One of the Hindu Trinity, Lord Shiva, is known to be the destroyer other two (Brahma and Vishnu) are creator and preserver according to various Puranas. The destructive energies are released by Lord Shiva, which dismantles all of the creation to start a new one.
Shiva is known to house both the calm as Bholenath and the fierce like Kala Bhairav and Veerabhadra. Shiva is the source of a large amount of natural energy and passion that gives rise to his extreme behavior. Goddess Parvati brings out this balance in his life, and they are incomplete without each other.
Shiva is also the cosmic dancer (Nataraja), an ascetic, a yogi, and Ardhanarishvara, the androgynous union of Shiva and his consort in one body half-male and half-female. One of the names given to Lord Shiva is Pashupatinath which means ‘master of animals.’ However, this description of animals includes every being.
Who is Lord Shiva?
It is humanly impossible to describe Shiva in words; he is beyond words and expressions. But, let us look into what Hindu scriptures talk about Shiva.
Shiva Sahasranama (1008 Names of Lord Shiva) include Mahadeva (the great god), Mahesh, Rudra, Neelkantha (the blue-throated one), and Ishvara (the supreme god), Mahayogi, or the great ascetic, who symbolizes the highest form of austere penance and abstract meditation, which results in salvation.
Shiva Purana’s, Chapter 3 Shatrudra Samhita’s, Section 17 talks about the Rudra Form of Lord Shiva. According to Svetasvatara Upanishad of Krishna Yajurveda, Rudra is everything, the self, the Brahman; there is no second to Rudra.
Rudra is truly one, for the knowers of Brahman do not admit the existence of a second; he alone rules all the worlds by His powers. He dwells as the inner Self of every living being. After having created all the worlds, He, their Protector, takes them back into Himself at the end of time. He, the omniscient Rudra, the creator of the gods and the bestower of their powers, the support of the universe, He who, in the beginning, gave birth to Hiranyagarbha −may He endow us with clear intellect!Svetasvatara Upanishad 3.2 and 3.4
Rudra is the one who creates, protects, and dissolves back into himself. He is the creator of time, all-powerful, all-knowing, one who gave birth to the golden egg from which the universe manifested. He is the state of “existence, consciousness, and bliss” – Satchidananda.
Taittariya Aranyaka of Yajurveda in 10.23,24 also talks about Rudra being the absolute reality, Supreme Brahman.
Supreme Brahman, the Absolute Reality, has become an androgynous Person in the form of Umamaheshvara, dark blue and reddish-brown in hue, absolutely chaste, and possessing uncommon eyes. Salutations to Him alone who is the Soul of the universe or whose form is the universe. All this verily is Rudra. To Rudra, who is such, we offer our salutation.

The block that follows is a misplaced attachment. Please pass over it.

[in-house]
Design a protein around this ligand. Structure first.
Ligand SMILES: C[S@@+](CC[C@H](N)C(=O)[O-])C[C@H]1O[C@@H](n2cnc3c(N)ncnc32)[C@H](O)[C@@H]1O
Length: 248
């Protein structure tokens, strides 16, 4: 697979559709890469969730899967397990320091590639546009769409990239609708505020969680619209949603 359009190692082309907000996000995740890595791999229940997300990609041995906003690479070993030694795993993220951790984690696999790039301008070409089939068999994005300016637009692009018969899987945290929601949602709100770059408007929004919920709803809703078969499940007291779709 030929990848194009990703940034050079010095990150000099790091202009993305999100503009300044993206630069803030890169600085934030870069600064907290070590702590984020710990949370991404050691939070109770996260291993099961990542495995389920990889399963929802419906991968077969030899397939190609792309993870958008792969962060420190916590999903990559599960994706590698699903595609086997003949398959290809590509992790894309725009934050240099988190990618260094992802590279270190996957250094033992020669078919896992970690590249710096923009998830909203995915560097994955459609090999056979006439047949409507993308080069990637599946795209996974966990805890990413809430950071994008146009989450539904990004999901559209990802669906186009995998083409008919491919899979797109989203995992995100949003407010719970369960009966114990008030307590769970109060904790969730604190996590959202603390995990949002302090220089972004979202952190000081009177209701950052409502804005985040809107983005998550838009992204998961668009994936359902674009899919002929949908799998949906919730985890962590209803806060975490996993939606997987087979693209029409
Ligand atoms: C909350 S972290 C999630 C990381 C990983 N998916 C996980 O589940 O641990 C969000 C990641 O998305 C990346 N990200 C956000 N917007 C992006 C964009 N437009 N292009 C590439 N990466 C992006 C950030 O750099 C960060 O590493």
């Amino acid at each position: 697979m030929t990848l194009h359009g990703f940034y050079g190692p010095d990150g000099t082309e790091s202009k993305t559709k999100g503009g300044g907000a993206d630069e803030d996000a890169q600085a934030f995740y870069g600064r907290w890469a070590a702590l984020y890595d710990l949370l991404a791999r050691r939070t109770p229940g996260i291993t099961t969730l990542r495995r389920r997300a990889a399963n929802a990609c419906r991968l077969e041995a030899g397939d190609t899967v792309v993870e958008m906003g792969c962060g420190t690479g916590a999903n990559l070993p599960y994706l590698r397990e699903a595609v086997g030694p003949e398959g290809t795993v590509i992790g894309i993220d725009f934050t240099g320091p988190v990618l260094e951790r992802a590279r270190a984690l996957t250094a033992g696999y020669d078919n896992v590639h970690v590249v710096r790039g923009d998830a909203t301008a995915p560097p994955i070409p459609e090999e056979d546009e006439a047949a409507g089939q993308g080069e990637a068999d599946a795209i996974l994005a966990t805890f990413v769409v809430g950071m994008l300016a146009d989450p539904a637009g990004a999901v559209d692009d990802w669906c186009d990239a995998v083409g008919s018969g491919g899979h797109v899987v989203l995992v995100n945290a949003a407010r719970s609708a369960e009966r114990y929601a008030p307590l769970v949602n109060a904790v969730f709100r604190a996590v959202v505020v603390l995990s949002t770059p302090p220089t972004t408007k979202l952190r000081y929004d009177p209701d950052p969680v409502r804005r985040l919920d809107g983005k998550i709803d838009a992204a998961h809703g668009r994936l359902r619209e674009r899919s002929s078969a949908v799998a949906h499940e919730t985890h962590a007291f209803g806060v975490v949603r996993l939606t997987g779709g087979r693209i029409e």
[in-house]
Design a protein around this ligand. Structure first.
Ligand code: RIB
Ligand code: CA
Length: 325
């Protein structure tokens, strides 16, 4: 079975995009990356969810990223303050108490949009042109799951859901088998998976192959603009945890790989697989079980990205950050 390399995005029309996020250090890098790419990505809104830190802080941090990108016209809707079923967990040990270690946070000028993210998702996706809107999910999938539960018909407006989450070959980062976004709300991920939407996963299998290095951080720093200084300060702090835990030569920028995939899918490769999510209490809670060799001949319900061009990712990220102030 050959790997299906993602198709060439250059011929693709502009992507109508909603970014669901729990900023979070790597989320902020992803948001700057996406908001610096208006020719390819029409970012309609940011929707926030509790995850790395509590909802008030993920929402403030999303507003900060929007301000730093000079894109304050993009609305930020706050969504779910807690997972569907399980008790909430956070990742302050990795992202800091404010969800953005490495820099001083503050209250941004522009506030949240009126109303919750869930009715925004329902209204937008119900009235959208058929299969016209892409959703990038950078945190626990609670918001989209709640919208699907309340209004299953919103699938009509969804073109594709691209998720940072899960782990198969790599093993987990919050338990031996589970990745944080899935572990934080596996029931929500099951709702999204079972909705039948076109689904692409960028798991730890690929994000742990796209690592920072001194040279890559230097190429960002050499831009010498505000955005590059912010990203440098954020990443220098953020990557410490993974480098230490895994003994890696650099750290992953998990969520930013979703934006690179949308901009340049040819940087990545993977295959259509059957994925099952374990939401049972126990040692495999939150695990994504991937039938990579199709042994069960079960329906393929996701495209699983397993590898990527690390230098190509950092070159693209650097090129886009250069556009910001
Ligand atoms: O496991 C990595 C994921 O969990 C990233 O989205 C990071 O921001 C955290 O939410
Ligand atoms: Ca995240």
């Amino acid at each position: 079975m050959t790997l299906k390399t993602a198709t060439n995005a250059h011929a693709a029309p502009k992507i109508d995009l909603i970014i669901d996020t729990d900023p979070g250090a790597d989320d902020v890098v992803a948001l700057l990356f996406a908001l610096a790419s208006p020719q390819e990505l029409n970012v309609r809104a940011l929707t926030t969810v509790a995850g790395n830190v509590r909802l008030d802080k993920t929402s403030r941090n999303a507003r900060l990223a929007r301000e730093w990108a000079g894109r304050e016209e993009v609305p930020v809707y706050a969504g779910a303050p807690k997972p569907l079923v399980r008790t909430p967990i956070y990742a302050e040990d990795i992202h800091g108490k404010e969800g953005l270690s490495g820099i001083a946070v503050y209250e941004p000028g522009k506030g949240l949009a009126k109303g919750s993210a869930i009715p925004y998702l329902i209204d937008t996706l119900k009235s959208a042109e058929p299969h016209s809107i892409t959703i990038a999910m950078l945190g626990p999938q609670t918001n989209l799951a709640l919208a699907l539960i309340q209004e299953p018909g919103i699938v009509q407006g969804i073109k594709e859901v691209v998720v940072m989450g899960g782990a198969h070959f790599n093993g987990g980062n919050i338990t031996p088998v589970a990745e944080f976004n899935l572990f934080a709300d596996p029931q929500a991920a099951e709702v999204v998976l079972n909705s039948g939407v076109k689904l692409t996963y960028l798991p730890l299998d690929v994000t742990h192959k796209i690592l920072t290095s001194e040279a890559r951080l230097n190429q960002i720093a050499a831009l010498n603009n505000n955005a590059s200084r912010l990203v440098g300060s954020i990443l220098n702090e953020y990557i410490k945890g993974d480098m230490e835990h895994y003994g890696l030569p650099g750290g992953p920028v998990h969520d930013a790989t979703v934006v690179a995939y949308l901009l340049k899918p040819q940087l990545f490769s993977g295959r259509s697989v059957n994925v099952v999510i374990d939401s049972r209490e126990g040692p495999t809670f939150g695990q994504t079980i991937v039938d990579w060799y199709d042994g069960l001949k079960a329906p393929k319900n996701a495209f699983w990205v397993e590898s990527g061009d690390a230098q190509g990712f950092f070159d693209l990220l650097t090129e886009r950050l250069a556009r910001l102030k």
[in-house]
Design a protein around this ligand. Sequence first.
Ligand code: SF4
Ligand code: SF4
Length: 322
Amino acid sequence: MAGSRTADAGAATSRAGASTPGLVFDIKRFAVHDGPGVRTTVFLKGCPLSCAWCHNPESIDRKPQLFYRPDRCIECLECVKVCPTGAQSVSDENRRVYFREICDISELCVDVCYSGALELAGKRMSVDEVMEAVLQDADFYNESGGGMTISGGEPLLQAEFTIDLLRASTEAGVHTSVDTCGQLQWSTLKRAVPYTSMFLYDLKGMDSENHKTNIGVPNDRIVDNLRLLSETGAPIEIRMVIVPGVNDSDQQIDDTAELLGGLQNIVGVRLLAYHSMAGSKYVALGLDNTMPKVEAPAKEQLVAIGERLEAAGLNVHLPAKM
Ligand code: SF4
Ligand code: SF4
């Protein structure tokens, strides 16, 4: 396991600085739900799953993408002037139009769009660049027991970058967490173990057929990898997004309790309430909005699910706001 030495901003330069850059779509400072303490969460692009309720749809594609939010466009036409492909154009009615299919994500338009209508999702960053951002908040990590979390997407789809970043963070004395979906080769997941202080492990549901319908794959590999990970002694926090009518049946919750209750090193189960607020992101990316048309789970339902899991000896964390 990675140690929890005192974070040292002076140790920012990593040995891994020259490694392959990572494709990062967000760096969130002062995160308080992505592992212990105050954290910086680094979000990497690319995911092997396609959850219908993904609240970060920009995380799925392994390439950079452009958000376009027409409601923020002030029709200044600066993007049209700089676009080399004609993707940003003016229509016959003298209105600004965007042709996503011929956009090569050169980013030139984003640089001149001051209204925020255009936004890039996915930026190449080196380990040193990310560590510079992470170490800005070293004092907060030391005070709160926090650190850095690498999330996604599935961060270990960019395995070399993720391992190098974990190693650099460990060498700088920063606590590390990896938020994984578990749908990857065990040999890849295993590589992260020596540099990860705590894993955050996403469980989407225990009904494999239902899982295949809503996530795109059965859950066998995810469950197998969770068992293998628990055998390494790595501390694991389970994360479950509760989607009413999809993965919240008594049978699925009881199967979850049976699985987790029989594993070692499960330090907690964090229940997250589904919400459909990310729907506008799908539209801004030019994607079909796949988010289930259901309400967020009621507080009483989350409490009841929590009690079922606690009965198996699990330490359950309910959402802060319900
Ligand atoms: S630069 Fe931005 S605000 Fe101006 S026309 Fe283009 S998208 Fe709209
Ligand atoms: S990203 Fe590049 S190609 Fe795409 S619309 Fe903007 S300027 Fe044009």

We salute again and again that Being, Rudra, who alone is the light and the Soul of creatures. The material universe, the created beings, and whatever there is manifoldly and profusely created in the past and the present in the form of the world, all that is indeed this Rudra. Salutations be to Rudra, who is such.
Shiva is a state of pure consciousness.
He is the Lord of the soul and nature. The shifting of life and liberation comes from Him, bondage in time, and freedom in eternity. This, coupled with his “Bholenath” persona, is maybe why priests, kings/queens, and asuras meditated to please the Mahadeva to make their dreams come true. So on Shivaratri, Hindus, Yogis, and followers of Shaivism all worship, meditate, and rejoice in the Bhakti ras of Mahadeva.
Shiva is a state of pure consciousness or nothingness. Shiva is the state where no thoughts arise; it’s complete silence, and the truth is revealed only in silence.
Shiva is a dark-skinned austere with a blue throat. Shiva’s hair is matted and coiled on his head, adorned with a snake and a crescent moon. Ganga is always depicted flowing out of his topknot.
Shiva is also the god with three eyes. The third eye, in the middle of his forehead, is always closed and only opens to annihilate an evildoer. While the other Gods are adorned with gold and gemstones, Shiva is adorned with a garland of skulls, rudraksha beads, or a snake hanging from his neck.